The Second Circuit "has recognized that while the PLRA's exhaustion requirement is mandatory, certain caveats apply." Giano v. Goord, 380 F.3d 670, 677 (2d Cir. 2004). In Hemphill, the Second Circuit addressed whether administrative remedies were "available" under facts that closely resemble those in the present case. In Hemphill, the prisoner alleged that several correctional officers had assaulted him and threatened him that he had "better drop" a claim that the officers believed he had filed. Following the incident, the plaintiff wrote a letter to the superintendent stating that he intended to file "criminal charges" against the officers, but never filed a grievance with the IGRC. See380 F.3d at 683-84, 686. The Second Circuit articulated that the proper test for determining whether ordinary grievance procedures were "available" was whether "a similarly situated individual of ordinary firmness [would] have deemed them available." Notably, the Court commented that threats or other intimidation by prison officials may well deter a prisoner of "ordinary firmness" from filing an internal grievance, but not from appealing directly to individuals in positions of greater authority within the prison system, or to external structures of authority such as state or federal courts.

Id. at 688.

In the present case, Plaintiff alleges that he was physically assaulted by Defendant Byno in retaliation for his mailing an earlier complaint. SeeAm. Compl. ¶ 12. Although Plaintiff contends that his use of a "secondary means" to address the grievance was established by the superintendent, it is clear that these informal letters of complaint technically did not start the formal grievance process of the IGP. However the Second Circuit has reaffirmed that "in some circumstances, the behavior of the defendants may render administrative remedies unavailable." Hemphill, 380 F.3d at 686. If the allegation of physical assault and threats of violence are true, it is certainly plausible that Byno's conduct would deter a person of ordinary firmness from using the grievance process to grieve the instant claims, and, as in Hemphill, the Court is unable to conclude that the normal grievance procedures were "available" to Plaintiff.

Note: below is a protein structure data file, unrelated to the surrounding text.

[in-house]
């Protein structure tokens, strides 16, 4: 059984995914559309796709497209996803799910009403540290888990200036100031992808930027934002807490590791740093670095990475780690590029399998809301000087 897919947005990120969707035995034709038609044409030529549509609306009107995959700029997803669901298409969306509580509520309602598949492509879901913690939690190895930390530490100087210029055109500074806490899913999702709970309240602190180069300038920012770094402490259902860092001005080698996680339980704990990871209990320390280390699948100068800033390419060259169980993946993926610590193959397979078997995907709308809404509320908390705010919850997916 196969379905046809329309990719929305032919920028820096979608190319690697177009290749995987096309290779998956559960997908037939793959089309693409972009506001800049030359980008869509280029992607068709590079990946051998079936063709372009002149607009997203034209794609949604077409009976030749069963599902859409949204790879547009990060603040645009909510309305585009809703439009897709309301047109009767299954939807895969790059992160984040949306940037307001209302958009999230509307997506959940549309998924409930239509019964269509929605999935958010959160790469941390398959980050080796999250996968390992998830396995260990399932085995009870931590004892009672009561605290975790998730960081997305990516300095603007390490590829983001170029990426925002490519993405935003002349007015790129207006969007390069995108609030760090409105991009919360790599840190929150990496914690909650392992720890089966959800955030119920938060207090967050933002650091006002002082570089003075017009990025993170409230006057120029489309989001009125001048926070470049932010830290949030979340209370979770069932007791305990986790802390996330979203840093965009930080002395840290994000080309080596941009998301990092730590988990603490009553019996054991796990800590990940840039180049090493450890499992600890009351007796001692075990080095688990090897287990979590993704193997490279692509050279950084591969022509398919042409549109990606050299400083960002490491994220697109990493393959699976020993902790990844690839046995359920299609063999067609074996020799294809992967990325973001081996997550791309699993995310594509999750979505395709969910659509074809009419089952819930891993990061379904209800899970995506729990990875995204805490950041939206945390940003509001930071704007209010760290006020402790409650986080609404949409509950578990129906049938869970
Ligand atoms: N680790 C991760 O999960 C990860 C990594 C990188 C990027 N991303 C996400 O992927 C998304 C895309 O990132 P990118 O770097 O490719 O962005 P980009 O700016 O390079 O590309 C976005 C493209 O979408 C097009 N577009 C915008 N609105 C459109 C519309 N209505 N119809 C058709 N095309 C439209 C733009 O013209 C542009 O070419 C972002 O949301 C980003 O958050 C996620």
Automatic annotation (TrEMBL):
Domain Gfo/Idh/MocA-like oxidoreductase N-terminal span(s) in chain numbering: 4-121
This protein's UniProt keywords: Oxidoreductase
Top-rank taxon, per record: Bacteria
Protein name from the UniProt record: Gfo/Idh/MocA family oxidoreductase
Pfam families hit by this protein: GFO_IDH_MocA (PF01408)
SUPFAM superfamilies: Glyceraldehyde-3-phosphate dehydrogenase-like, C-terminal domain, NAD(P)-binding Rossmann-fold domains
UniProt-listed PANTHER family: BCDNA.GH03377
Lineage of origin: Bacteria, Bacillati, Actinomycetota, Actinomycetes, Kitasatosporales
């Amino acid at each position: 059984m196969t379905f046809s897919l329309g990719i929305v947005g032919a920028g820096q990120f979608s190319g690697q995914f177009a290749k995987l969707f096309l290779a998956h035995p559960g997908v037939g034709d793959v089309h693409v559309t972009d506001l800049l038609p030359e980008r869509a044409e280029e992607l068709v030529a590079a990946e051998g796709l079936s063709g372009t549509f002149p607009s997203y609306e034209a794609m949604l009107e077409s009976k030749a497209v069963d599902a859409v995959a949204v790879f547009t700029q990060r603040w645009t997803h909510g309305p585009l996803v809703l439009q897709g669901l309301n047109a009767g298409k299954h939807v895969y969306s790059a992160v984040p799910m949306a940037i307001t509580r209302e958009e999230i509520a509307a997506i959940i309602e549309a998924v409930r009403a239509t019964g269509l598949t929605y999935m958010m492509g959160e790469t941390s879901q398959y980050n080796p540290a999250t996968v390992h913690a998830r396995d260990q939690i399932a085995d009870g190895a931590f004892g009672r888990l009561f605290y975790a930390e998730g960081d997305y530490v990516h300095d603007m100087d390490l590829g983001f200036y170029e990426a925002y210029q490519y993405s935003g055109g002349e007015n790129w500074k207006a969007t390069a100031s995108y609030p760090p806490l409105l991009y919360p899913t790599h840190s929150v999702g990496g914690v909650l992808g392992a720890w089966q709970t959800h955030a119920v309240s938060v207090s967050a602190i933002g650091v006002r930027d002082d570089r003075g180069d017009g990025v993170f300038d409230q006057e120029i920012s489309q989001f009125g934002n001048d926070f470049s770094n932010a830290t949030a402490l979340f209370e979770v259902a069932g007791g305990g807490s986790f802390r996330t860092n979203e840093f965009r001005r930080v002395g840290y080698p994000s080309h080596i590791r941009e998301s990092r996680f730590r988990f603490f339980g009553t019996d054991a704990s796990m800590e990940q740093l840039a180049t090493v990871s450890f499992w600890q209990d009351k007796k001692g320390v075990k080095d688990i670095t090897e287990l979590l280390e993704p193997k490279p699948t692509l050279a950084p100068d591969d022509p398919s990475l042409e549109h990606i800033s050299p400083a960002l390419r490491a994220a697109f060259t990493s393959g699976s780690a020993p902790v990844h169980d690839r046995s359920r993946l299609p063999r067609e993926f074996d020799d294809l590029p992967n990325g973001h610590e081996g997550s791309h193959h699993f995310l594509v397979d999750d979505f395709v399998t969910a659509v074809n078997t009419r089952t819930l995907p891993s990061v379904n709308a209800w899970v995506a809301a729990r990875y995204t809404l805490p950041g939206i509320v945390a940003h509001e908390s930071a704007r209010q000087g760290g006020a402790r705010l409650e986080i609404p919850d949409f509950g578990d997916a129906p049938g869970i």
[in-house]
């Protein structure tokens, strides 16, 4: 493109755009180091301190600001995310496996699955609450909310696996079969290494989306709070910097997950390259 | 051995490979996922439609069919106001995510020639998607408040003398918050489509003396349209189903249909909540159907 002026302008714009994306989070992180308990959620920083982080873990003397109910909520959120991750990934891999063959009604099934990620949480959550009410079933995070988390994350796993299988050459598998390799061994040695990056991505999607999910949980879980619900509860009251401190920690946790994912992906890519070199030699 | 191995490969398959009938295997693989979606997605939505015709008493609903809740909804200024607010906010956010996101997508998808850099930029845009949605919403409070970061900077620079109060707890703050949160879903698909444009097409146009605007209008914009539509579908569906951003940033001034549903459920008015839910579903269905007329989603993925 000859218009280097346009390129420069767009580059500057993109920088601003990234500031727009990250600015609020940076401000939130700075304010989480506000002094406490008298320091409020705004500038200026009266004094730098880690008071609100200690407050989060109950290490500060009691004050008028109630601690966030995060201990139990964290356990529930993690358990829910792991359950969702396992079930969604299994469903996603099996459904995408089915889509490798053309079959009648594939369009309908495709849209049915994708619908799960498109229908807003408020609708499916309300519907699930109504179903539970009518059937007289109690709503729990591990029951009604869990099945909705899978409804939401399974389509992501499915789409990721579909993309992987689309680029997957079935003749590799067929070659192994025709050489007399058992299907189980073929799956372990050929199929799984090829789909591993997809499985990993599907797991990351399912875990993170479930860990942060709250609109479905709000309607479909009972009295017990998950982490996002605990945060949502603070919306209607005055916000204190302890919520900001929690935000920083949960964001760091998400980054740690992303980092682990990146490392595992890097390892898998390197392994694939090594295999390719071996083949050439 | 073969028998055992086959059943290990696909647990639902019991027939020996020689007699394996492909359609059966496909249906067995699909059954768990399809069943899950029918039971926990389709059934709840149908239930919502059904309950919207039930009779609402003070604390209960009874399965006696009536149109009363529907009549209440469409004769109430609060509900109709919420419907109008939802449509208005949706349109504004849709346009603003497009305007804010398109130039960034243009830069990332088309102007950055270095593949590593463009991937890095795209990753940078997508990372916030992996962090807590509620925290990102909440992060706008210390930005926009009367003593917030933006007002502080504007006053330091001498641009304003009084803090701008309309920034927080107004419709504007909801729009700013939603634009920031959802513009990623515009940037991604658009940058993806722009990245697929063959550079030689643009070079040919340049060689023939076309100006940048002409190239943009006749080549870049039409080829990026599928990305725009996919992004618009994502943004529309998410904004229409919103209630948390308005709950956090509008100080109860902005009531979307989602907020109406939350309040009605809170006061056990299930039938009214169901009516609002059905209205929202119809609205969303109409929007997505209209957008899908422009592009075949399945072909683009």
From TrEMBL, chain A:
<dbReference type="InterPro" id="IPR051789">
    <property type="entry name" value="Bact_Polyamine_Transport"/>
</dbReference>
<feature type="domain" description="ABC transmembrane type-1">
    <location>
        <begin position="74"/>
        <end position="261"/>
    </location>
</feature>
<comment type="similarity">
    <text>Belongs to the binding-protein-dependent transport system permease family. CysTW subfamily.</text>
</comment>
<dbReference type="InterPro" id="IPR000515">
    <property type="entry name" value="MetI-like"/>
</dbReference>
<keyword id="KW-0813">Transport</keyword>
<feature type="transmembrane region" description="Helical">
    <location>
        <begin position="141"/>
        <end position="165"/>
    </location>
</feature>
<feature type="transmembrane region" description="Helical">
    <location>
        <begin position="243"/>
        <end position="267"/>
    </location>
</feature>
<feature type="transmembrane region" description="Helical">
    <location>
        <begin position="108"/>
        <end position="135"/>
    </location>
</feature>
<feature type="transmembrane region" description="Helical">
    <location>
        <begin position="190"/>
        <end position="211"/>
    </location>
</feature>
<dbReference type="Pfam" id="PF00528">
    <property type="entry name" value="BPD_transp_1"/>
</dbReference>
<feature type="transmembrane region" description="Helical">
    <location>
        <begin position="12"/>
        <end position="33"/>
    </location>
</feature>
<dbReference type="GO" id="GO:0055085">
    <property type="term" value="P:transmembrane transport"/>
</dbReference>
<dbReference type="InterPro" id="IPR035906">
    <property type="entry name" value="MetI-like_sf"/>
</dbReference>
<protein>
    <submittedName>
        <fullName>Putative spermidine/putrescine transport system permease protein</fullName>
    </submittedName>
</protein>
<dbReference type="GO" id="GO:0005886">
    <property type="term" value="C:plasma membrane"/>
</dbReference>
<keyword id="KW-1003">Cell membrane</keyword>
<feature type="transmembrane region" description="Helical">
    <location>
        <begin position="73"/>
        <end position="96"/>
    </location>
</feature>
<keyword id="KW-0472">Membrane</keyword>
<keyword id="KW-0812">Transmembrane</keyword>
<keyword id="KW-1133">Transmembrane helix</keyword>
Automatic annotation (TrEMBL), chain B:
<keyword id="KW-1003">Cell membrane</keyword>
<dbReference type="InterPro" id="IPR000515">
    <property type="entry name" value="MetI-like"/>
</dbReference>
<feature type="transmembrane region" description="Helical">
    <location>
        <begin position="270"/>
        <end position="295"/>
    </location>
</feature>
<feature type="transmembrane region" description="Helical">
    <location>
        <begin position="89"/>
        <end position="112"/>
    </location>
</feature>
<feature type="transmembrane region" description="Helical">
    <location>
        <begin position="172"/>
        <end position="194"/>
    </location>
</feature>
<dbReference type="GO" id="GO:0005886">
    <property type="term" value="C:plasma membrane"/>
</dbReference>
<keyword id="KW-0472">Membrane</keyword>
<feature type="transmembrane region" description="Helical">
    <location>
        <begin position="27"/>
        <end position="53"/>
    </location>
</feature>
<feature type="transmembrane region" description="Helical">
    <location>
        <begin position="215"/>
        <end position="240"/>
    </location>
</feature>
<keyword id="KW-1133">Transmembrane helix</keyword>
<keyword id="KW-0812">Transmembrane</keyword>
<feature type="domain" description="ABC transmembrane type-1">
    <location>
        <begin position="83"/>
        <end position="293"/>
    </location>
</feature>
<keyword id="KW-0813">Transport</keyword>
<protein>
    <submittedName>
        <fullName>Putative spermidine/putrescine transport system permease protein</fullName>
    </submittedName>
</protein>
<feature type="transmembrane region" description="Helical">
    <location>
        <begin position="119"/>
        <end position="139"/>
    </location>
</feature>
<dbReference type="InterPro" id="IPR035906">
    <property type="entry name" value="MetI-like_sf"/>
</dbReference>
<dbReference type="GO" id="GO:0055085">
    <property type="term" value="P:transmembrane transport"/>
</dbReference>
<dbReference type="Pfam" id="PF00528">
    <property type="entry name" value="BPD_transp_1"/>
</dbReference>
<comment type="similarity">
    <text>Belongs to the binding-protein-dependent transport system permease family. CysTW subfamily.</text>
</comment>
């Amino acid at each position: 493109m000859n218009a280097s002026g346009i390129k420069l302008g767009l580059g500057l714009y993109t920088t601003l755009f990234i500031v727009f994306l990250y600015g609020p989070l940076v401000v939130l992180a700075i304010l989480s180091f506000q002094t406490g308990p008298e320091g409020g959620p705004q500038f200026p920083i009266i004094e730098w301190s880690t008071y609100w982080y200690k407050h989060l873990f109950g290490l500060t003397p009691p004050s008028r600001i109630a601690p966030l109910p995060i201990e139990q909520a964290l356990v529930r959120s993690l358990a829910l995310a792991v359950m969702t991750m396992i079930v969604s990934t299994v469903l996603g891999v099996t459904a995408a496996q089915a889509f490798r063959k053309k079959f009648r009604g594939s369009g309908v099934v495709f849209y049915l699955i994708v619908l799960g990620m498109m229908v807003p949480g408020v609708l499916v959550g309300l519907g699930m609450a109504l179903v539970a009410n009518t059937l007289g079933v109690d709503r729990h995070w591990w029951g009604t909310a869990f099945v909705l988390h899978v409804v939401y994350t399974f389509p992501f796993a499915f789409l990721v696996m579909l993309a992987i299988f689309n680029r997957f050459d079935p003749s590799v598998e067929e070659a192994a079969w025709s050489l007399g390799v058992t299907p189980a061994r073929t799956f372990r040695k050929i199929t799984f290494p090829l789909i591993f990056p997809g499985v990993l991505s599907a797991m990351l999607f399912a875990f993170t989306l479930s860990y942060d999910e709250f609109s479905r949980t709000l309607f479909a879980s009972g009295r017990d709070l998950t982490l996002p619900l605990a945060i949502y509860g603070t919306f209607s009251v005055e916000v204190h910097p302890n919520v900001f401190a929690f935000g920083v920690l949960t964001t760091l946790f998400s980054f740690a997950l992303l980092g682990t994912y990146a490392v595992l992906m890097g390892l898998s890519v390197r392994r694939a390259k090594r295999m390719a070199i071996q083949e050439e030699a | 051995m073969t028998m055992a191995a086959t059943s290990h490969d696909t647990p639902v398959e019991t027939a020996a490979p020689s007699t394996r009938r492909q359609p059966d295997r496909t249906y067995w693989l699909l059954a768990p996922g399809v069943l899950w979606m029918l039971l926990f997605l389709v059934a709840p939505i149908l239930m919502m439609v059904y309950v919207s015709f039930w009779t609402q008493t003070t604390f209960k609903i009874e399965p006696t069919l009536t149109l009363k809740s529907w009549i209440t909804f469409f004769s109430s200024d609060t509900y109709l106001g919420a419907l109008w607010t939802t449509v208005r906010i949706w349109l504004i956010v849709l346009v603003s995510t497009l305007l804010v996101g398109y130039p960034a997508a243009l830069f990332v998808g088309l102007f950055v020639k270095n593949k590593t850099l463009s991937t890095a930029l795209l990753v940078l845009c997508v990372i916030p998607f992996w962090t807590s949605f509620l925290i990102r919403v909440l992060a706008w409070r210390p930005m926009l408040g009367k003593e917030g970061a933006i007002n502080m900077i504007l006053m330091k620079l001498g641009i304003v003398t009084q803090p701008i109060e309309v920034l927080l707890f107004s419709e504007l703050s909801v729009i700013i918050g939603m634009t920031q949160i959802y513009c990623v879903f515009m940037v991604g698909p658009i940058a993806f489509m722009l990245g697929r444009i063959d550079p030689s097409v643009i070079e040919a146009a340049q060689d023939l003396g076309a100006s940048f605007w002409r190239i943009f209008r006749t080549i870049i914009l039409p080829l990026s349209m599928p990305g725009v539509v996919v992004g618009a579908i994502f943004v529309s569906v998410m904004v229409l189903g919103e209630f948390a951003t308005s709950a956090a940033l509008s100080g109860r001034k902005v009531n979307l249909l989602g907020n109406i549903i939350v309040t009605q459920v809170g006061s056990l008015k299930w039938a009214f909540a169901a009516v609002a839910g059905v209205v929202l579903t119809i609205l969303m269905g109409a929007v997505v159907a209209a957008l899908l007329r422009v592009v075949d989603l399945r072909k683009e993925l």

B. Whether Estoppel Exists to Excuse

Plaintiff's failure to exhaust the administrative remedies The Second Circuit also held in Hemphill that "prison officials' threats or other inhibiting conduct may estop defendants from asserting the affirmative defense of non-exhaustion." 380 F.3d at 688 (restating the holding of Ziemba v. Wezner, 366 F.3d 161 (2d Cir. 2004)). Plaintiff alleges that, during the investigation of Complaint #109-01, Byno physically assaulted him and expressly threatened that he would kill him. Arguably, Byno's words and actions implied that he would again assault Plaintiff if he mailed another complaint. It, thus, may have been reasonable for Plaintiff to rely on Byno's threat and opt against filing a formal grievance and going straight to the Superintendent. If these allegations are true, it could be concluded that Plaintiff's actions were been sufficiently inhibited and Byno should be estopped from raising the defense of non-exhaustion.